05 February, 2019
At least one-third of the ice in the Himalayan Mountains will disappear by the end of this century because of rising temperatures, scientists said this week. This will threaten river flows that provide water resources for 1.9 billion people.
Huge glaciers make the Hindu Kush Himalaya area the planet's so-called "third pole" -- behind Antarctica and the Arctic. The area is home to the world's highest mountains. It stretches 3,500 kilometers across Nepal, Bangladesh, Bhutan, Afghanistan, Pakistan, China, India and Myanmar.
The Hindu Kush Himalayan Assessment was released on Monday. The Nepal-based International Centre for Integrated Mountain Development, or ICIMOD, carried out the five-year report. It is one of the largest-ever studies on warming in mountain areas. More than 200 experts helped write the report.
"This is the climate crisis you haven't heard of," said Philippus Wester, who led the report.
Wester said climate change is set to turn cold, ice-covered Himalayan mountains to bare rocks by the year 2100.
Himalayan glaciers feed 10 major rivers, including the Yangtze, Ganges and the Indus. Farmers living in the area use glacial melt water for their crops in the dry season. About 250 million people live in the mountains. Another 1.65 billion people live in river valleys below.
Changes in river flows could also harm hydropower production and cause more landslides in the mountains.
Along with global warming, air pollution is also affecting the area, the study found. The Hindu Kush includes an area called the Indo-Gangetic Plains – one of the most polluted places in the world. Air pollutants like black carbon and dust land on the glaciers, which speeds up their melting, too.
The report said that one-third of the ice will melt by 2100 even if governments worldwide meet goals set by the 2015 Paris climate agreement to limit global warming.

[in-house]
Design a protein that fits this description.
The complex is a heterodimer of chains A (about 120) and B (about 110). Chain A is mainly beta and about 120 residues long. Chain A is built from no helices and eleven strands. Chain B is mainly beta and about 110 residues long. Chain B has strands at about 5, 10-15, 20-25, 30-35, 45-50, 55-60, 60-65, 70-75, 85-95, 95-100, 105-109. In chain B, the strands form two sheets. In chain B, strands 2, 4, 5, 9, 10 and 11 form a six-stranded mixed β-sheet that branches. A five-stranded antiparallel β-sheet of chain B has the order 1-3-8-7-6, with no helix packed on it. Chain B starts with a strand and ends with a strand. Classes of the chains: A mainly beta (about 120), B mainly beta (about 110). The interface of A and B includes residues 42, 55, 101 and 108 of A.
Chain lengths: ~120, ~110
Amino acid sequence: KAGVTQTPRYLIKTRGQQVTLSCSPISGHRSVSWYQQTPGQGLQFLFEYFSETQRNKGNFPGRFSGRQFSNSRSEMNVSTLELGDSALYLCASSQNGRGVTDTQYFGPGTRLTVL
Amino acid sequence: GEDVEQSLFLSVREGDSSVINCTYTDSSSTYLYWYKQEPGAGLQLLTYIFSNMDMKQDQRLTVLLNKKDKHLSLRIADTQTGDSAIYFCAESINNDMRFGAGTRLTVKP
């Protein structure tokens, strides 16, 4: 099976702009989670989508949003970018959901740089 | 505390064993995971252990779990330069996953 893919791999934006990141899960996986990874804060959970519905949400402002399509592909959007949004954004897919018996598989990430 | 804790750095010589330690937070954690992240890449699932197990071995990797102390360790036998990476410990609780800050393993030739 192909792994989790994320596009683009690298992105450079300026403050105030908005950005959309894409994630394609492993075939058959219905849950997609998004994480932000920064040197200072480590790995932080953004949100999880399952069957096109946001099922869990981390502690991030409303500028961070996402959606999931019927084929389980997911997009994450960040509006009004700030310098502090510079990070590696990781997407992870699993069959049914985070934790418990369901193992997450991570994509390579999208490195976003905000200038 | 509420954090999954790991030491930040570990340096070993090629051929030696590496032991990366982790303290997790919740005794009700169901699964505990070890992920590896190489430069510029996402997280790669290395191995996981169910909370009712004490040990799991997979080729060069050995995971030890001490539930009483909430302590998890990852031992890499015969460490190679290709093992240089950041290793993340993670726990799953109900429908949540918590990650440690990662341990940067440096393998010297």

But if governments fail to limit greenhouse gas emissions, about two-thirds of ice in the Himalayas could disappear by 2100.
Wester told the Reuters news agency, "To me this is the biggest worrying thing."
The study said governments in the region must change their existing agriculture systems, prepare for droughts and put up early flood warning systems.
The report's writers noted that people living in small island states are often considered to be the most vulnerable to climate change because of rising sea levels. But Dasho Rinzin Dorji, who is with ICIMOD, said mountain areas such as the Himalayas are also extremely vulnerable "climate hotspots."
"It's not just occupants of the world's islands that are suffering," he said.
David Molden is director of ICIMOD. He added, "Mountain people are really getting hit hard....We have to do something now."
I'm Ashley Thompson.
The Reuters news agency reported this story. Susan Shand adapted it for VOA Learning English with additional materials from VOA News. Ashley Thompson was the editor.
Words in This Story
glacier - n. a very large area of ice that moves slowly down a slope or valley or over a wide area of land
assessment - n. an idea or opinion about something
bare - adj. not having a covering
hydropower - n. electricity produced from machines that are run by moving water
vulnerable - adj. open to harm or damage
greenhouse - adj. relating to or caused by the warming of the Earth's atmosphere that is caused by air pollution : relating to or caused by the greenhouse effect
emission - n. the act of producing or sending out something (such as energy or gas) from a source